17. says

    My favorite holiday ritual is the nighttime walk around our neighborhood with a thermosful of hot and tasty beverages, generally on or around christmas eve. It’s so nice to be outside in the quiet and see all the different lights on everyone’s houses. Thanks for the giveaway opportunity!

  18. Christina says

    My mother is French and remembers decorating the tree on Christmas Eve after a long family meal then opening presents at midnight. With my own family now, we celebrate Christmas Eve with a movie and dinner out at a nice, bustling bistro then opening stockings gifts with Grandmere. My daughter loves the two day extended celebration and the focus on Eve activities allows us to be more relaxed and have fun with Christmas Day meals — last year it was fondue, this year is Japanese donburi.

  19. Jacquie says

    My honey and I have had pizza Friday for almost 18 years,take out at first.Then homemade white fluffy crust when the kids were bitty,moving on to 24 hour rise crispy crust ,now spelt flax rolled out crust that needs no rising and made at the last minute because of all the drop ins:)The one constant is wine,oh and the 2 of us :):)

  20. Darla says

    Our favorite holiday tradition is cutting our own tree, complete with popcorn and hot chocolate. Happy Birthday!!

  21. Kendra says

    Traditions are my absolute favorite thing about parenting. Some of our holiday traditions include: holiday PJs for the kids that are opened on Christmas Eve. In honor of my Italian heritage we always cook a seafood dinner on Christmas Eve. On Christmas morning we open stockings first and then stop make coffee and breakfast and start a fire before moving on to presents so that we can stretch the morning out.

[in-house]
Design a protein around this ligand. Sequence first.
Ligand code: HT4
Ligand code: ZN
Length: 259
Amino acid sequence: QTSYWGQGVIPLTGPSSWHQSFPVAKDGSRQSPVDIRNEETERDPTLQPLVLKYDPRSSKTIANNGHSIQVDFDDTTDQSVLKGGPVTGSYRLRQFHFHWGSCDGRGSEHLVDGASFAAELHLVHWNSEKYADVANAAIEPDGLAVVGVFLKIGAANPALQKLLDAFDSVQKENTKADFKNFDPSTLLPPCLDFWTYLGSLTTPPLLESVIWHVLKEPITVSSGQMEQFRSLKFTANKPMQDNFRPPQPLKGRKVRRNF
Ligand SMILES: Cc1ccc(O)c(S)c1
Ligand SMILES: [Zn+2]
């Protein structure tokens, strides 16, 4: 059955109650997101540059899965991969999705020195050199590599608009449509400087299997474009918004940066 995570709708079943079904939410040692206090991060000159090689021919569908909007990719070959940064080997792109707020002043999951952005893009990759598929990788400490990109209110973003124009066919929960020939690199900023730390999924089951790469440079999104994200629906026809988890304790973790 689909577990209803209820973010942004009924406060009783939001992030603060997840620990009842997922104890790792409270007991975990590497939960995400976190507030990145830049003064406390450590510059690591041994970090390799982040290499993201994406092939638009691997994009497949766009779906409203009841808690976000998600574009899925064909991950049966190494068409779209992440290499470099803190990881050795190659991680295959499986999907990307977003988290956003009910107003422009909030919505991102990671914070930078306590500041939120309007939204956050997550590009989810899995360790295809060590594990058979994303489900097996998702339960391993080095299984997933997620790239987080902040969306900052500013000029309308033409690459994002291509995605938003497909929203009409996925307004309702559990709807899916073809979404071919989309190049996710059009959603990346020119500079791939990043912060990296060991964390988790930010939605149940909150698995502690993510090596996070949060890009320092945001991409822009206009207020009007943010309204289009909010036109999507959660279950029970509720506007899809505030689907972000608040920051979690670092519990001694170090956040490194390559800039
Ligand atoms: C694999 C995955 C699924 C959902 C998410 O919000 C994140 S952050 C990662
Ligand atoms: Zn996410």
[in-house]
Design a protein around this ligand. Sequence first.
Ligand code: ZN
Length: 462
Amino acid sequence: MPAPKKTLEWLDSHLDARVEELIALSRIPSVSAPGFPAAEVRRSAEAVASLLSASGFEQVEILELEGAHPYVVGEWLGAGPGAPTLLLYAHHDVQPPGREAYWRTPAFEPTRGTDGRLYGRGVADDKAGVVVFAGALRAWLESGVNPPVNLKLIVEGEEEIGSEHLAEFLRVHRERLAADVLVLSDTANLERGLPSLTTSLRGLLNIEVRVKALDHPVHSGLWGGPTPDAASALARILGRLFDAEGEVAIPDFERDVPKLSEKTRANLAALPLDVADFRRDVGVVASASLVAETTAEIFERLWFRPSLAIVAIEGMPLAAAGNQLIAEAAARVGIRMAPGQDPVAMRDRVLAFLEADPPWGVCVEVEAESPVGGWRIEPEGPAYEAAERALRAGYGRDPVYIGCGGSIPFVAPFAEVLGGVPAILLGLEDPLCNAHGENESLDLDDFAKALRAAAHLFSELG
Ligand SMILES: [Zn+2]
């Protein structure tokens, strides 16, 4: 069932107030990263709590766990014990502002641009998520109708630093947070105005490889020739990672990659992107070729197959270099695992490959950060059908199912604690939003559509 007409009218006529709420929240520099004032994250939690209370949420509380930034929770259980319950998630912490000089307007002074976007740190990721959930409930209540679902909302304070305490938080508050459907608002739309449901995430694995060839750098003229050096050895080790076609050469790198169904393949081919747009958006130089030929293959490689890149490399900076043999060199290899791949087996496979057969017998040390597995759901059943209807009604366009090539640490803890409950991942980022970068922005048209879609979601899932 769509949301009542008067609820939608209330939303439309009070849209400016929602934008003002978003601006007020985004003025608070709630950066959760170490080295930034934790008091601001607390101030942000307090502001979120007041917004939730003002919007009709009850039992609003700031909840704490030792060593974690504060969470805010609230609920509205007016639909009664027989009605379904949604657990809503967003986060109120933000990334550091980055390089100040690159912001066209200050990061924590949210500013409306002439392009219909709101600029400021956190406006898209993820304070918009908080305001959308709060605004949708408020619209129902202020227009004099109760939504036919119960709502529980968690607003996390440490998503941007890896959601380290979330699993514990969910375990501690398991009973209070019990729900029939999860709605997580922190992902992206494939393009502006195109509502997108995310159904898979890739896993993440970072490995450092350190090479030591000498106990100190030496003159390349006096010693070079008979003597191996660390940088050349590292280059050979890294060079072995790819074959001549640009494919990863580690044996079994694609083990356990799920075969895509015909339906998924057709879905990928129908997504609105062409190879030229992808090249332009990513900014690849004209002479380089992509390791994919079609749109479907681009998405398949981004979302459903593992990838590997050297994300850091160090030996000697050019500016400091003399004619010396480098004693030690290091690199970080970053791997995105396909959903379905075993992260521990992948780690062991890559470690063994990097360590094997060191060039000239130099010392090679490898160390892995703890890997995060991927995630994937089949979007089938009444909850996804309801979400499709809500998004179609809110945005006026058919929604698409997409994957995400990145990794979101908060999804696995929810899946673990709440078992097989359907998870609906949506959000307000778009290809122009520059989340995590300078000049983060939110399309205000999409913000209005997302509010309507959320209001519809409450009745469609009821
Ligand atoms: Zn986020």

22. JeriLynne Frankenhoff Clifford says

    First off, Happiest of Birthdays to you. Mine is December 8. I think we are lucky to have them in this month of celebrations. One of my favorite traditions is my dad making bread stuffing. My dad cooked one thing, once a year and this was it. As I got older he would let me help him by adding a bit more salt and pepper or adding the Bells seasoning. To this day “Papas Stuffing” is my kids favorite thing about Thanksgiving and Christmas and makes me warm with memories and emotion.

  23. Abby Beal says

    Wishing you a very Happy Birthday (next Sunday!) :)

    One of my favorite Christmas rituals is from childhood, on Christmas Eve. Mom would serve lasagna for dinner. Living in NY, it was usually cold and quite often snowy, so a “comfort food” meal especially during the holidays was a real treat. :)

  24. Kara says